Part of artistry is perpetually honing the craft, whether filmmaker, writer, or visual artist. It is true for J.J. Abrams, who explained the invaluable help of Lawrence Kasdan in growing his storytelling chops during his 60 Minutes interview in December. I learned much of what I know about storytelling by writing fanfic, talking with my fellow fanficcers – who are some of the smartest critics out there – and by listening to the advice of Star Wars authors. When I saw StarWars.com’s new series that will feature authors interviewing authors, it felt like the good old days when Matthew Stover or Michael Stackpole would share their writing wisdom with fandom. Better yet, Cecil Castelluci interviews Claudia Gray, who I believe will be considered on par with Stover when the dust settles. StarWars.com is still lacking gender parity for female contributions on the blog side – two of seventeen featured bloggers are women – so it was nice to see the ladies kicking off this series!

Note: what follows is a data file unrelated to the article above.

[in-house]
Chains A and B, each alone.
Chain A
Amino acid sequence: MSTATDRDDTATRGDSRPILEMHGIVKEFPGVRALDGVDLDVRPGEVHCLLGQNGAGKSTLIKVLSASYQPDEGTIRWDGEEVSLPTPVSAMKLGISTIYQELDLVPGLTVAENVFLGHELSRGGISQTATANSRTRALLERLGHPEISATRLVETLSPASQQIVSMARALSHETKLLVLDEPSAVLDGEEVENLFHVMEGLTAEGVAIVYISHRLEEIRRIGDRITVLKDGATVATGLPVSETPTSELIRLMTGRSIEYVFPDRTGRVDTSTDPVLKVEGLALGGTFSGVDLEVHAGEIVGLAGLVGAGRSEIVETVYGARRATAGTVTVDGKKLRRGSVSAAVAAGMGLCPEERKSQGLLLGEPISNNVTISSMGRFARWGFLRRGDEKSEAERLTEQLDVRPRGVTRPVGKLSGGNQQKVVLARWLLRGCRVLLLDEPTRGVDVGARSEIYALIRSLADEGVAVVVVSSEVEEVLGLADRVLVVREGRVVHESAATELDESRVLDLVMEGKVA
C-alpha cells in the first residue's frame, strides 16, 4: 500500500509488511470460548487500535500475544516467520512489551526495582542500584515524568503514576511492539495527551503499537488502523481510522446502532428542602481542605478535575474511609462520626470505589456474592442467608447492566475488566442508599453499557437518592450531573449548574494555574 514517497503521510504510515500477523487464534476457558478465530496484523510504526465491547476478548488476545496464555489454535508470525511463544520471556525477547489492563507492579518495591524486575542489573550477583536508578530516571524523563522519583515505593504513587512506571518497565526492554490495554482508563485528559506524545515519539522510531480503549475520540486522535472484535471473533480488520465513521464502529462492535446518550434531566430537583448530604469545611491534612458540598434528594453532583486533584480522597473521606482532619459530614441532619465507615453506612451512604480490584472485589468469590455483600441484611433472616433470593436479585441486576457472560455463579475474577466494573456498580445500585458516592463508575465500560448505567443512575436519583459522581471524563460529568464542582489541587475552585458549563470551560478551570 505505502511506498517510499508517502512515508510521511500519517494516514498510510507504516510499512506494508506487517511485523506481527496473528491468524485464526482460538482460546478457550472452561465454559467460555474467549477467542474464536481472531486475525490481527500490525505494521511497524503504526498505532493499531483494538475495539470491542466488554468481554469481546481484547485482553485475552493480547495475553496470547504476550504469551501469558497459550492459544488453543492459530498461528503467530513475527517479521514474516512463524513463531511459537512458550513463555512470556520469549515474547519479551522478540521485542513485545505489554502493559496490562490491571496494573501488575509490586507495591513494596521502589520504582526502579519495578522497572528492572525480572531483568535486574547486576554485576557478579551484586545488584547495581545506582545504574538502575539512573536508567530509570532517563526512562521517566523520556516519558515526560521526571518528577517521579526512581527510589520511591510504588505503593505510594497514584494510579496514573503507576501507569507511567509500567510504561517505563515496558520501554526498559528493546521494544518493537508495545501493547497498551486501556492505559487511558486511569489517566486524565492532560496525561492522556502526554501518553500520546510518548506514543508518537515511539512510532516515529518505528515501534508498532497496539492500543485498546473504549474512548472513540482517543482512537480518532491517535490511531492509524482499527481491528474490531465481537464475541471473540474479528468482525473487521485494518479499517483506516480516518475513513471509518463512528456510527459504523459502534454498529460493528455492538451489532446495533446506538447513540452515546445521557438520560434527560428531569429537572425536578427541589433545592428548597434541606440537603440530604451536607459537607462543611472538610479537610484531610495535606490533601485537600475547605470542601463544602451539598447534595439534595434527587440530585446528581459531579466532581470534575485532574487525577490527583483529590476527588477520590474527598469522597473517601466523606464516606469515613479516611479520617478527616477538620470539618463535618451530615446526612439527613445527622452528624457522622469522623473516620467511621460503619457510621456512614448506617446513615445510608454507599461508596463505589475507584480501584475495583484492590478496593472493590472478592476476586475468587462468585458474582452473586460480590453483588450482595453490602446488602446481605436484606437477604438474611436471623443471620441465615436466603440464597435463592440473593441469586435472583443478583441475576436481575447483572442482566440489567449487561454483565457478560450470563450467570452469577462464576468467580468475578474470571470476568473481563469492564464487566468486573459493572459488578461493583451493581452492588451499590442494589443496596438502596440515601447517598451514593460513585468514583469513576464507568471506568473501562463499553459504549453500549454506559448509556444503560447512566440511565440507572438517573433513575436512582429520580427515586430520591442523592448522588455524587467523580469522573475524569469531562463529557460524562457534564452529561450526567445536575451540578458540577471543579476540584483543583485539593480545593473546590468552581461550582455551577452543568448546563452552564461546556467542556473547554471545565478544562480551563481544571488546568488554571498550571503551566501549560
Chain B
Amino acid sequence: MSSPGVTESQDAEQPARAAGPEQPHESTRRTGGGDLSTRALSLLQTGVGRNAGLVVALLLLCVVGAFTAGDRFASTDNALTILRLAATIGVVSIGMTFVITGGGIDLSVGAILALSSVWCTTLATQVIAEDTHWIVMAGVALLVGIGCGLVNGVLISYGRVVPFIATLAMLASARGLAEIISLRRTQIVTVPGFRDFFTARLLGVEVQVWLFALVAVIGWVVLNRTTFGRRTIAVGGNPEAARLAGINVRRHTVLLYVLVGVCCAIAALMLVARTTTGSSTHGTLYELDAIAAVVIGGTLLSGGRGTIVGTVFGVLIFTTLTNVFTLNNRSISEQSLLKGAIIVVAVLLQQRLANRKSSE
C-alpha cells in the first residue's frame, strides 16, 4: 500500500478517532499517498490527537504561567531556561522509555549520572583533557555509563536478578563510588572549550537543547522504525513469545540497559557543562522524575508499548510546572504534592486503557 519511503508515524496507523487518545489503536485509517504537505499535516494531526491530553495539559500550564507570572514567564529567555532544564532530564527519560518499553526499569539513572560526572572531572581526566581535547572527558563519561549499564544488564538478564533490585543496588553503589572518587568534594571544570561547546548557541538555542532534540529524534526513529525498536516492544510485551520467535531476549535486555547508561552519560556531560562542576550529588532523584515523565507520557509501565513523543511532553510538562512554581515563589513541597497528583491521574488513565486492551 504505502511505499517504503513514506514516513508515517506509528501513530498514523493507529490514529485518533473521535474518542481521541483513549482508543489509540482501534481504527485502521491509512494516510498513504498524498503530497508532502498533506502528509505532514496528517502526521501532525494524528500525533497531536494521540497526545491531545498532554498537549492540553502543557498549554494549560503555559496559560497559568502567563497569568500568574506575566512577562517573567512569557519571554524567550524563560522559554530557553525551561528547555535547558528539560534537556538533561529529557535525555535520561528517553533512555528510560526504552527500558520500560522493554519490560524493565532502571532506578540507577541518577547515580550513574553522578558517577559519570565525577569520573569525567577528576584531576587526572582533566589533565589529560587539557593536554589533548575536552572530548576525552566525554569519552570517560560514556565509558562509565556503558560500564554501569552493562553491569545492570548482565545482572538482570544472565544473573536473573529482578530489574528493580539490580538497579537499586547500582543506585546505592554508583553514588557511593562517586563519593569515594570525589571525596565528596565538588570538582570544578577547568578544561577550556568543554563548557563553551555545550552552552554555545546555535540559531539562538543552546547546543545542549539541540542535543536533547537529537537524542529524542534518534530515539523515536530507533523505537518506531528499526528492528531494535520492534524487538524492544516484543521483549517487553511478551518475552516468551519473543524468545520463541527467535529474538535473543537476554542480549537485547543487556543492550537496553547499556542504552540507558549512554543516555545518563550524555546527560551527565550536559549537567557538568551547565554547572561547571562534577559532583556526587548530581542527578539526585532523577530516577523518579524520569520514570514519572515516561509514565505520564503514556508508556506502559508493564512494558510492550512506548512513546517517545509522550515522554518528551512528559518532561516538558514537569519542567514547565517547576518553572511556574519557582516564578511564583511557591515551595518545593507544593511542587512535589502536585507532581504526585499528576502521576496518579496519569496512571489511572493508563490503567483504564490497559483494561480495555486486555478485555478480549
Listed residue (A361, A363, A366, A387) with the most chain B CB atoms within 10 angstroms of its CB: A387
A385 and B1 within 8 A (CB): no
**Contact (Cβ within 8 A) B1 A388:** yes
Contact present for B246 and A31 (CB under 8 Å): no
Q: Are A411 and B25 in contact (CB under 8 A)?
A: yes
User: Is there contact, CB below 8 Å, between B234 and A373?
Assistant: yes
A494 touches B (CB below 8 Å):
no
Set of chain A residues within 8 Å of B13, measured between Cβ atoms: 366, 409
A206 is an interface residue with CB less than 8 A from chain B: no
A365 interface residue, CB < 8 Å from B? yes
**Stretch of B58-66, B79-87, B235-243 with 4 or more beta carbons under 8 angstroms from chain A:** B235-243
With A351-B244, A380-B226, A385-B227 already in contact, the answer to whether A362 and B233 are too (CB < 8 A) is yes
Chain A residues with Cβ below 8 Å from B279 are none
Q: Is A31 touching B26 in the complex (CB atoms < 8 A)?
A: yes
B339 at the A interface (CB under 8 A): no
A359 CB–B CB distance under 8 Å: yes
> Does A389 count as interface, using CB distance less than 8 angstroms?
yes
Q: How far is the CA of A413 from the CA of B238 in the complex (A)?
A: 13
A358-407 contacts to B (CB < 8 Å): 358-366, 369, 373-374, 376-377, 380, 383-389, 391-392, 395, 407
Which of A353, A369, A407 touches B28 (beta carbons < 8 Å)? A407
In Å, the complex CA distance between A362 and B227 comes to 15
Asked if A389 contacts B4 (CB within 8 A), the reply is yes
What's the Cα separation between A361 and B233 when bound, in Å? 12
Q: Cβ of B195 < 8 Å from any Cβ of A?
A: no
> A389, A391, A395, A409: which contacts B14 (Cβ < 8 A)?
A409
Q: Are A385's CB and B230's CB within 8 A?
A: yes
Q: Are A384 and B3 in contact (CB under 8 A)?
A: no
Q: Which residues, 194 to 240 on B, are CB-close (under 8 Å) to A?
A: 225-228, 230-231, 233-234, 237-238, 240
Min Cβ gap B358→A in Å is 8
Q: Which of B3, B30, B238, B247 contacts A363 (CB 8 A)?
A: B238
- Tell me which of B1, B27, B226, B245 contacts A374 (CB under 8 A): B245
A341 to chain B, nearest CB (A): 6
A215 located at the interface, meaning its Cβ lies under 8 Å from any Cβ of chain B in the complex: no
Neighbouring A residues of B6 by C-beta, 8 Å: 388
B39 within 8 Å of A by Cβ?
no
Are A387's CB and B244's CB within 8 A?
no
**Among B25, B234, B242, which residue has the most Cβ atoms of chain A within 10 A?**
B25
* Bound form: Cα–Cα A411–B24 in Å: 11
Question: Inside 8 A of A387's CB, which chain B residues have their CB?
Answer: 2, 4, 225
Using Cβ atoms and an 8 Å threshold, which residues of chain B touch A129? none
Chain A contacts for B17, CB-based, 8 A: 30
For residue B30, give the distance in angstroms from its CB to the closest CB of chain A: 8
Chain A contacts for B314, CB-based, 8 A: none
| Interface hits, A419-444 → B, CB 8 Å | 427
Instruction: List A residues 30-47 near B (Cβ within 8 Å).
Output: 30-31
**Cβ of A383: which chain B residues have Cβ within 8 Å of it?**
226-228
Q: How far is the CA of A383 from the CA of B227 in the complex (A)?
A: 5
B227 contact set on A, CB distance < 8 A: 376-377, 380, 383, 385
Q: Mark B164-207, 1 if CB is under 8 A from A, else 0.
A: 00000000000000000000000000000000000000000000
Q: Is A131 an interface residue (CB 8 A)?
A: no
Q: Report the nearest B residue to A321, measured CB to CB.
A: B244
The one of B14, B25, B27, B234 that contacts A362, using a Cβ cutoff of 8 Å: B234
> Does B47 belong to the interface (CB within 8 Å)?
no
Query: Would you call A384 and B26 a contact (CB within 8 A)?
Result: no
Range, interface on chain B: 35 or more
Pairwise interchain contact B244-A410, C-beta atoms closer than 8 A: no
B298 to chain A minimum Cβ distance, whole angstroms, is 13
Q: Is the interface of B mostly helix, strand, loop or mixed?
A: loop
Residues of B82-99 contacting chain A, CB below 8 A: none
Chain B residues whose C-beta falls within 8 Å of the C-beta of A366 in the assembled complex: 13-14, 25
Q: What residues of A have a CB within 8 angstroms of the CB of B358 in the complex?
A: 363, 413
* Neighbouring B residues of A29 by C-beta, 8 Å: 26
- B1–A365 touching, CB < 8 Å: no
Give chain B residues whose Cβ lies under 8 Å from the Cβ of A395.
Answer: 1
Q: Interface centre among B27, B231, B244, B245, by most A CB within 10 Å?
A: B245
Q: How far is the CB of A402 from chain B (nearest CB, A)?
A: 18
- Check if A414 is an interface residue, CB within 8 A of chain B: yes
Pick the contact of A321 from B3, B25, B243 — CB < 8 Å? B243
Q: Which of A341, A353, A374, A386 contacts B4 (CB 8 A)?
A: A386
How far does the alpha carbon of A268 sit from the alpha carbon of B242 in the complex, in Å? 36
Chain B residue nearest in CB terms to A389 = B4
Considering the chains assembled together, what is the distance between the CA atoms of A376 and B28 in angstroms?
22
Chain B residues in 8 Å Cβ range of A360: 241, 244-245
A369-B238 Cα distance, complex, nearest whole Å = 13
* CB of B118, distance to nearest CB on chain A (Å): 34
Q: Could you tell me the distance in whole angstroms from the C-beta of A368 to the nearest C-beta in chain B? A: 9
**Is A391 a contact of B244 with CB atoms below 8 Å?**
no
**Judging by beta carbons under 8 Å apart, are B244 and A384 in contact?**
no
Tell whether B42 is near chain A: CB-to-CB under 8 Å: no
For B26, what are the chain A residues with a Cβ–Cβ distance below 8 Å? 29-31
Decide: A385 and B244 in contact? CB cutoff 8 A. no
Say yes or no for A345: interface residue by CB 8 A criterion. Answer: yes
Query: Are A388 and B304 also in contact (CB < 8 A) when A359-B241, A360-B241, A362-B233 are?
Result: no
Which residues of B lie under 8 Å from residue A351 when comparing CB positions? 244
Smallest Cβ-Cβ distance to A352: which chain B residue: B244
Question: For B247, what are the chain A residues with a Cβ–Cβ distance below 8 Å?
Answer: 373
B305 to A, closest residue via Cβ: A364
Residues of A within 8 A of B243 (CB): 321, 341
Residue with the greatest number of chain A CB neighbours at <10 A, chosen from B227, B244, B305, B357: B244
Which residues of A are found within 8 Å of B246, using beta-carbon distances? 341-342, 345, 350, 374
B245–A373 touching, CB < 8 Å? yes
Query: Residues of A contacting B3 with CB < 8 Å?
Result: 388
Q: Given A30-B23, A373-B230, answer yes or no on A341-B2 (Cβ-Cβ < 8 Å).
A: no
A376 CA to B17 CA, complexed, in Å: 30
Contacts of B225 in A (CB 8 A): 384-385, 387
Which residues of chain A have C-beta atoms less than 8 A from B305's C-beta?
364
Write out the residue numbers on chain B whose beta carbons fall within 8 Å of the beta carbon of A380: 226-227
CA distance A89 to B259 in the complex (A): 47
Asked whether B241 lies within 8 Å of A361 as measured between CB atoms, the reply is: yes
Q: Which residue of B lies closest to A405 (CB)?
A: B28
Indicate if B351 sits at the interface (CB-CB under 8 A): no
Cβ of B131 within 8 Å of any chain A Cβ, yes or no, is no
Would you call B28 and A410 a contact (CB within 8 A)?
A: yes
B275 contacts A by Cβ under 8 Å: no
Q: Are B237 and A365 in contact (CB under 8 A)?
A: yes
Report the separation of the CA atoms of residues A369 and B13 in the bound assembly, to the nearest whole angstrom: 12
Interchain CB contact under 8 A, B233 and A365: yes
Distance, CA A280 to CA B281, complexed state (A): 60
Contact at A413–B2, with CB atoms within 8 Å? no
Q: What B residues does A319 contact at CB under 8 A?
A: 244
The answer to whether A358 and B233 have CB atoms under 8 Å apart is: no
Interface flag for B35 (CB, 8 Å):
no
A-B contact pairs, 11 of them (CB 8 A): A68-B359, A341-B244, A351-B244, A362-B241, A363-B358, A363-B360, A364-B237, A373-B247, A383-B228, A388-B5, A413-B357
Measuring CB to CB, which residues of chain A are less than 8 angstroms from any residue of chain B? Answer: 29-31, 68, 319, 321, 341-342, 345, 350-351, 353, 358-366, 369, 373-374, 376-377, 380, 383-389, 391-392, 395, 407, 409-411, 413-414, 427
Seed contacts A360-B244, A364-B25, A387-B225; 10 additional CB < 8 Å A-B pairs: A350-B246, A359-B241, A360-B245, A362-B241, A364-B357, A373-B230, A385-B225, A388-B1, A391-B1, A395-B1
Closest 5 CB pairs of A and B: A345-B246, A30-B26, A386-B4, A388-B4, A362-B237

Here are some of my favorite excerpts, including the authors acknowledging their fanfic roots:
Cecil Castellucci: How did writing this canon book differ or was the same from when you’ve written fan fiction (for other fandoms) in the past?
Claudia Gray: Except for the “being wrong” thing mentioned above — in all honesty, it didn’t feel that different at all. I mean, I had a deadline. The love scenes were tamer. And the length and parameters were much more set in stone. But other than that? It felt very similar. I mean that in a good way, because I do love writing fic.